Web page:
The public refusals here at Fort Lewis (Washington) of Army 1st Lt. Ehren Watada, Sgt. Kevin Benderman and Spc. Suzanne Swift to deploy to Iraq are the most recent chapter of a long and noble history of resistance within the U.S. armed forces. To understand this history, and where it might lead, it helps to see how resistance varies strongly according to rank, class and race, and how difficult it is for resisters to express their patriotic viewpoints alone, without support from the larger peace movement.
Dissent from soldiers during foreign interventions has been reported throughout U.S. history, such as in Mexico in the 1840s and the Philippines in the 1900s. Even during World War II, African American rebellions against internal racism shook the military, and eventually forced unit desegregation. After the war ended in 1945, soldiers and sailors demanded a postwar demobilization and tickets home. Starting in Manila, they formed a huge and successful movement that may have prevented a U.S. intervention against the Chinese Revolution later in the decade, though did not prevent the Korean War of the 1950s.
During the Vietnam War, the military ranks carried out mass resistance on bases and ships in Southeast Asia, the Pacific, U.S. and Europe. Military resistance was instrumental in ending the war by making the ranks politically unreliable. This history is well documented in Soldiers in Revolt by David Cortright and teh recent film “Sir! No Sir!.” Servicemen and women were heavily influenced by the antiwar and African American liberation movements back home, as well as by personal contact with Vietnamese civilians. But this resistance took years to develop after the initial deployments in 1960, not catching fire until after the 1968 Tet Offensive showed that the war was unwinnable.
Personnel in all service branches carried out explicitly political actions-signing antiwar petitions, wearing buttons and patches, disobeying illegal orders, avoiding battles, passing information to the peace movement, and carrying out strikes, sit-ins, and rebellions, and well as sabotage of equipment. The breakdown in discipline was evidenced by high levels of internal organizing, racial conflict, drug use, desertion, and being absent without leave (AWOL). The sources of the rebellions were as much tied to domestic racism as to overseas militarism.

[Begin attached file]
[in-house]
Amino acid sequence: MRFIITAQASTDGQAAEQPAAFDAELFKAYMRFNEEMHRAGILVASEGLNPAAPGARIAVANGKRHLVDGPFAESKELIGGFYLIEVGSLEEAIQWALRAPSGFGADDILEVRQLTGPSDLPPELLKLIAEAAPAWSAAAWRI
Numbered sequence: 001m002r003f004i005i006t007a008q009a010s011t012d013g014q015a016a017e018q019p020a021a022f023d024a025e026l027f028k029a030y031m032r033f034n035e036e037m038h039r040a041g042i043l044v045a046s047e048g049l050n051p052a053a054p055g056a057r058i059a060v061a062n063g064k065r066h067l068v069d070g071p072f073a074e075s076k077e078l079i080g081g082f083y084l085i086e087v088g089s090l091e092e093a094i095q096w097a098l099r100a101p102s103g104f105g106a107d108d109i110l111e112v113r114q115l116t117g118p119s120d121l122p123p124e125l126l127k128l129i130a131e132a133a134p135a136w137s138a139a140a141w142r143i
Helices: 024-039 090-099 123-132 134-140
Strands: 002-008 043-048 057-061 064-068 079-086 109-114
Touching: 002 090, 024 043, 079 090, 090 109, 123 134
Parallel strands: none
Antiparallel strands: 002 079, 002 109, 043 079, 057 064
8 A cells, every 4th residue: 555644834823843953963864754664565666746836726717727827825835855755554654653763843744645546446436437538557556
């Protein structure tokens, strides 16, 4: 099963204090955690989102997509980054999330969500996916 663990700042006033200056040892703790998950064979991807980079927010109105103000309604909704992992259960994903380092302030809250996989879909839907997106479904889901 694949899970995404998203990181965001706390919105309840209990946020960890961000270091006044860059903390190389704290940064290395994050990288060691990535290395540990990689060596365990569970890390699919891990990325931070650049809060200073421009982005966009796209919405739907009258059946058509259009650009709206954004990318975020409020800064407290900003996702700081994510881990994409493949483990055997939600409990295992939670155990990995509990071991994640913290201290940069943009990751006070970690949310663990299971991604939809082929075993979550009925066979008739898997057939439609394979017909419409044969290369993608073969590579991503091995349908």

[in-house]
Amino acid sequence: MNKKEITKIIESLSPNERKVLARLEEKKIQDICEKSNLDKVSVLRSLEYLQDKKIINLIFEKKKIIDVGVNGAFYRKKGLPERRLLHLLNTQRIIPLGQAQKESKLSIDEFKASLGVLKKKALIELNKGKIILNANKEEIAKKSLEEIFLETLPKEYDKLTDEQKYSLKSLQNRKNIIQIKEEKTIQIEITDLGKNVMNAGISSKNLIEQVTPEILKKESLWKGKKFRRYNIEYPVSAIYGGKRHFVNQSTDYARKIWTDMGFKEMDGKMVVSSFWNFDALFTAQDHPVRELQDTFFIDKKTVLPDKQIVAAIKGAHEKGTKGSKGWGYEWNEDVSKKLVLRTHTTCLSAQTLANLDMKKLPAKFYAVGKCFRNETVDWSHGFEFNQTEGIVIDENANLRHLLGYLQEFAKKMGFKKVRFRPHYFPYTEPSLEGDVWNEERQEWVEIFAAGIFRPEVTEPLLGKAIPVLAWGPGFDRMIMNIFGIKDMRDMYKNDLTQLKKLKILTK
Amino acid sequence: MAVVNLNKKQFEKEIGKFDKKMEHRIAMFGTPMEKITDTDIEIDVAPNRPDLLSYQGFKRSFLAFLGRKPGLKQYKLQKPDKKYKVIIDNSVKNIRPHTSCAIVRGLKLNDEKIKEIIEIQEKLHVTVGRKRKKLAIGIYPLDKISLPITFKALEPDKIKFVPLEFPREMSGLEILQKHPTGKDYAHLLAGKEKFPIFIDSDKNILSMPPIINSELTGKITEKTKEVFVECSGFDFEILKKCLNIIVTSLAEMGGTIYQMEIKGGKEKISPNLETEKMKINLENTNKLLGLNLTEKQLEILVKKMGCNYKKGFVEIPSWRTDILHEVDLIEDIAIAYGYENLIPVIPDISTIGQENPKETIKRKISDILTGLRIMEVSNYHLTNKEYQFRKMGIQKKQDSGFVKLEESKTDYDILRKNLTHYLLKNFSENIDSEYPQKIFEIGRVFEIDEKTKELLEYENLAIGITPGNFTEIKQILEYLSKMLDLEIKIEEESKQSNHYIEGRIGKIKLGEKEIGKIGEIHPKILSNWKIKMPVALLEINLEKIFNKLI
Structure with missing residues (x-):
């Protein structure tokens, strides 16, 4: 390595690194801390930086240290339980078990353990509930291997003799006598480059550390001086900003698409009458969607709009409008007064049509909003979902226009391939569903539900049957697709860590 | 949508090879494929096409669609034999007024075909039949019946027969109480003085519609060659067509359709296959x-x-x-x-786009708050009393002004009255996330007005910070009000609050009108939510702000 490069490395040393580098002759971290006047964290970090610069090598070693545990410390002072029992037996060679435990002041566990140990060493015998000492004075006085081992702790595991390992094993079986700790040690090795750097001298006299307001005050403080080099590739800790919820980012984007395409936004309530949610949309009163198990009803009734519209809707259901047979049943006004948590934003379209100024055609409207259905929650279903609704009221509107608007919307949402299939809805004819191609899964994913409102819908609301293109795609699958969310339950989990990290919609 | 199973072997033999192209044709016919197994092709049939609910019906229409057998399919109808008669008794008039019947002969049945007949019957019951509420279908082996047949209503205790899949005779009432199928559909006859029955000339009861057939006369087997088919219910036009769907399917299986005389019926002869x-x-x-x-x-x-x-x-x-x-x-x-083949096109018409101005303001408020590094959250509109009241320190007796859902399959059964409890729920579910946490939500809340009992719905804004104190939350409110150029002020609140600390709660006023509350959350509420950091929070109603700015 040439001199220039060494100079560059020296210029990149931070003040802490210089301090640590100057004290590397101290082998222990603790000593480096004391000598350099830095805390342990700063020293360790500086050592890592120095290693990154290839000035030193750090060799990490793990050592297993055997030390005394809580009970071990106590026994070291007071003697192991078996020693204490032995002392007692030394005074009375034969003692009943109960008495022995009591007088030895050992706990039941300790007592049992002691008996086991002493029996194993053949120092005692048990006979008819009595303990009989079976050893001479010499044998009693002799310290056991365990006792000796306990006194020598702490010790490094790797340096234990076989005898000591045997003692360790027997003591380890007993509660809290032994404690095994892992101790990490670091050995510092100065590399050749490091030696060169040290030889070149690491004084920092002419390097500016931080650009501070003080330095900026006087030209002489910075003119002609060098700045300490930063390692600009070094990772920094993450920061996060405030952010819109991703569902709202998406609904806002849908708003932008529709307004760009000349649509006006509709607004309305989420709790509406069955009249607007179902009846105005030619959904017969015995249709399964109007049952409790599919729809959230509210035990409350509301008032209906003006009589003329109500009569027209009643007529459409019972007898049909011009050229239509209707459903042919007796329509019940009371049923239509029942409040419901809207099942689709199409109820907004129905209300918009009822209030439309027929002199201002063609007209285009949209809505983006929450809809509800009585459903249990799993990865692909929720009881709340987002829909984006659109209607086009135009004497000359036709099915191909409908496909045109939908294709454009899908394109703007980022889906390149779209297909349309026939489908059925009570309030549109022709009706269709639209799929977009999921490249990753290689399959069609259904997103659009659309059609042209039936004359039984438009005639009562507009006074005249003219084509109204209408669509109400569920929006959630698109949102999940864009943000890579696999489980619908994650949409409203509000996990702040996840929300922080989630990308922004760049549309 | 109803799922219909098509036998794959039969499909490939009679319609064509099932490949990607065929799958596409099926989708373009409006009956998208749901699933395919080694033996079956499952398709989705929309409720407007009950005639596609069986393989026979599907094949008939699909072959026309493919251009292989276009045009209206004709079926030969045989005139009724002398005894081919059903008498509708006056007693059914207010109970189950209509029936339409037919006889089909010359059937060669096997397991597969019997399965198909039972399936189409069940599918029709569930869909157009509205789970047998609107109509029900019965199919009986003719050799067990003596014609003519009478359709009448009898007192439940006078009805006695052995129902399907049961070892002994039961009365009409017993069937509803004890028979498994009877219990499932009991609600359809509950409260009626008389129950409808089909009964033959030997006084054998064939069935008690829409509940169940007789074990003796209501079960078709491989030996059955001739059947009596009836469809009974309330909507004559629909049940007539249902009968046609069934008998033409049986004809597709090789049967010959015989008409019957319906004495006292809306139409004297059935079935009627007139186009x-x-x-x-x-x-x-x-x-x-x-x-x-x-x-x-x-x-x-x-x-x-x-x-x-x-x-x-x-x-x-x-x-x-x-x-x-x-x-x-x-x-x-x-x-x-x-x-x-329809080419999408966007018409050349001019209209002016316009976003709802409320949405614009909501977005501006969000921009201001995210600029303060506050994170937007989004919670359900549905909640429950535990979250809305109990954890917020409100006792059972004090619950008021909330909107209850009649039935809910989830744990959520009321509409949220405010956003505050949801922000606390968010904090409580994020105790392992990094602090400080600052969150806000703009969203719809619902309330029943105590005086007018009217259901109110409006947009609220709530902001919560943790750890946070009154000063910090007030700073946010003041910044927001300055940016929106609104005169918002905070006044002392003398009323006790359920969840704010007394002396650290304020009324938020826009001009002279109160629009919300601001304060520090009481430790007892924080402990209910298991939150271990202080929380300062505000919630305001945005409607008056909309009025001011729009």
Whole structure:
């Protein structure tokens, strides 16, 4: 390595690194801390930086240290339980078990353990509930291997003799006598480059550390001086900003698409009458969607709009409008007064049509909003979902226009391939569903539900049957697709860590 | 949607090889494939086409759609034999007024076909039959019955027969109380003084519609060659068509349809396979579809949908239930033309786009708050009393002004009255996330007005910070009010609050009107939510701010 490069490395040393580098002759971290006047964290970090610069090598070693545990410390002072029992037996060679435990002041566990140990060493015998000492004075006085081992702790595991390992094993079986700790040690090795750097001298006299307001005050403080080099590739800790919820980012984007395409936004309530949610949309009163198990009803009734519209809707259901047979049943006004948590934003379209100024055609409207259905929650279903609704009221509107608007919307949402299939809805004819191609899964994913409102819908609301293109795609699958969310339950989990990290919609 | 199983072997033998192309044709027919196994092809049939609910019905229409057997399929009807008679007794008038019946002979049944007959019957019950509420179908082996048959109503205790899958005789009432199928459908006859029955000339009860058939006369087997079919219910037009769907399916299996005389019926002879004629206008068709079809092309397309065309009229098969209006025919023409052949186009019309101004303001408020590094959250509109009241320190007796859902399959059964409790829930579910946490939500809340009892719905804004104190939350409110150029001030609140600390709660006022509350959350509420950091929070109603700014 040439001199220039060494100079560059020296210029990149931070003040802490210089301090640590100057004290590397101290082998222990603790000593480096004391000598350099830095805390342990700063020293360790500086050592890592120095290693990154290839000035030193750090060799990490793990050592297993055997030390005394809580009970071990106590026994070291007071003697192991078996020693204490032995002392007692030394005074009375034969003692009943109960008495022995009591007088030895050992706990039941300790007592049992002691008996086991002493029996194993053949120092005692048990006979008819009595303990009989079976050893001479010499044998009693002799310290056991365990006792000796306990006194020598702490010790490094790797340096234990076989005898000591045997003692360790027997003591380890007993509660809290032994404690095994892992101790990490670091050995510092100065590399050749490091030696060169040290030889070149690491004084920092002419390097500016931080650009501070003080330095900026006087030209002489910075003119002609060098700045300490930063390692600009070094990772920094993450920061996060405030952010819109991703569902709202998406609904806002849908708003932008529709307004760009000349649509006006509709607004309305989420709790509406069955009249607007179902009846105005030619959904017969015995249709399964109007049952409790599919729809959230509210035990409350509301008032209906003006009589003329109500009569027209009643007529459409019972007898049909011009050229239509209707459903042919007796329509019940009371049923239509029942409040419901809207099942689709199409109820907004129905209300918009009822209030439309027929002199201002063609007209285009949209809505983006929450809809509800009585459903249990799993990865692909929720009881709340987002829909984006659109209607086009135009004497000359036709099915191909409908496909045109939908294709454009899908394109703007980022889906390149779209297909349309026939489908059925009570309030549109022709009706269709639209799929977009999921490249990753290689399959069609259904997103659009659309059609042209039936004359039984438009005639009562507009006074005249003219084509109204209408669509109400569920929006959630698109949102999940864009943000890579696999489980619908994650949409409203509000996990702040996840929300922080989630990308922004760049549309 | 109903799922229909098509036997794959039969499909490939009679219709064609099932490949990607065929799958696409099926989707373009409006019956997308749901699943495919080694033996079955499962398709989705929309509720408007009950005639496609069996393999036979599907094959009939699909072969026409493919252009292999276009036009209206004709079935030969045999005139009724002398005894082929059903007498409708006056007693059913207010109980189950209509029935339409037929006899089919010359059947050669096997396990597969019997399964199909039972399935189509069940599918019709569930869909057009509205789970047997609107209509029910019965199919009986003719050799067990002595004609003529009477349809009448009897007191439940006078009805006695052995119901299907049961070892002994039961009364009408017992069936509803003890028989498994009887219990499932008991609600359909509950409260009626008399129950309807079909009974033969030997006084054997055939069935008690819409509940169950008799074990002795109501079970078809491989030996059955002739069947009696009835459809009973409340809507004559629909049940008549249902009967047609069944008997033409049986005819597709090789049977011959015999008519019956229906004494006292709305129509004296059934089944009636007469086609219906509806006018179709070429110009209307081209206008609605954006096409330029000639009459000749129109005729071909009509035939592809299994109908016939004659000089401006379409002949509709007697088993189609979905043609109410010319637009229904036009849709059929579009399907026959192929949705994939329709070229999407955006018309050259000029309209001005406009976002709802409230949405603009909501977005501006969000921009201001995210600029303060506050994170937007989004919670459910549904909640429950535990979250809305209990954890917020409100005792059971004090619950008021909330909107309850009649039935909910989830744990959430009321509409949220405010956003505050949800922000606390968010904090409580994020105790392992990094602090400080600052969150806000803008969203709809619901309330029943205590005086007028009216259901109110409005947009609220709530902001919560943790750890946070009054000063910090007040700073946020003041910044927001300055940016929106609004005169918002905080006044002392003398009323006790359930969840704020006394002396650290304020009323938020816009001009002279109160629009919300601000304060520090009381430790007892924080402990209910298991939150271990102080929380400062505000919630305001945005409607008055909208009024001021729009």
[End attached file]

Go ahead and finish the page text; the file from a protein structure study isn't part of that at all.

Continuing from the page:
At one time in 1972, three aircraft carriers on duty in the Western Pacific (off Vietnam) were simultaneously put out of commission-one by an African American uprising on board, and two by internal sabotage. The U.S. mining of North Vietnamese harbors later that year was frustrated by the defusing of many ship mines by Naval Magazine personnel at Subic Bay Naval Base in the Philippines. Some GIs refused to be deployed to Vietnam, including six at Fort Lewis in 1970. The “Fort Lewis Six” were beaten in the stockade, and sentenced to 1-2 years, creating a wave of local support for GI dissenters. (The support went both ways, when Native American soldiers organized to support and protect treaty rights activists on rivers next to the base.)
While some GIs publicly resisted as individuals, or applied for Conscientious Objector (CO) status, most carried out their resistance in a more collective or quiet manner, slowing down the war machine by delaying and undermining their own mission (as anyone who has worked at a crappy job knows how to do). Some GIs sent out on patrol in Vietnam, for example, would simply have a little party, and later return to base with lurid accounts of encounters with the rebels.
U.S. military resistance was not simply sparked by the period of the Vietnam War and the military draft. Cortright provides evidence that disobediance was in fact greatest not among draftees, but among enlistees, who had more of a working-class background, or enlisted out of patriotism and expected more out of the service. Selective Service was not an equal opportunity institution, since white and middle-class youth had social advantages to avoid the draft, just as they have had in the recruitment-based “poverty draft” since Vietnam.
Radicalism within the ranks led the Reagan-Bush Administration in the 1980s to turn increasingly toward air war strategies, proxy armies, and more capital-intensive, high-tech weapons systems which only smaller skilled units could operate. The Navy restricted sailors’ access to parts of the ship where it might be “threatened from withinespecially during times of great international tension.” Nevertheless, the unwillingness of the ranks to fight in another Vietnam contributed to the success of the antiwar movement in preventing a full-scale U.S. invasion of Nicaragua or El Salvador.
During the 1980s, anti-intervention and anti-nuclear activists who distributed peace literature to military personnel noticed widespread sympathy in the lower ranks. I helped produce the About Face newspaper for GIs, and worked with veterans to educate activists in Europe and the Philippines on reaching GIs. This was possible because the military allows personnel one copy of literature. Department of Defense Directive 1325.6 Sec 3.5 still today states that “the mere possession of unauthorized printed material may not be prohibited.The fact that a publication is critical of government policies or officials is not, in itself, a ground on which distribution may be prohibited.”